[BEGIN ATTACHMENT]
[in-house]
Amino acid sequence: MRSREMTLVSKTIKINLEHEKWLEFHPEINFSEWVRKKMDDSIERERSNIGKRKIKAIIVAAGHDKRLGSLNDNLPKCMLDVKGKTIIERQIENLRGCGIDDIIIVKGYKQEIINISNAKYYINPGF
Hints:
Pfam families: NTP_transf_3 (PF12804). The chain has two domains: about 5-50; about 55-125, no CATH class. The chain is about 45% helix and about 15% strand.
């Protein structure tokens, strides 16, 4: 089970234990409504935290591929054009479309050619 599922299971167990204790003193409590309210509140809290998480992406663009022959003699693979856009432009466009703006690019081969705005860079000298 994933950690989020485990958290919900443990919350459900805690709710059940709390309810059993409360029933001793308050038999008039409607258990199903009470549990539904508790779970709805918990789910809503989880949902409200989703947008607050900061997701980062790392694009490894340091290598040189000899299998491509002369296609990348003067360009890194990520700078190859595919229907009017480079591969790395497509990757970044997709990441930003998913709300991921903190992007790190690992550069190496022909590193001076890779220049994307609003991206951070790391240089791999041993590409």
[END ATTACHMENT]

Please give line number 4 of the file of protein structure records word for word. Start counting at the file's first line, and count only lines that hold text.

Pfam families: NTP_transf_3 (PF12804). The chain has two domains: about 5-50; about 55-125, no CATH class. The chain is about 45% helix and about 15% strand.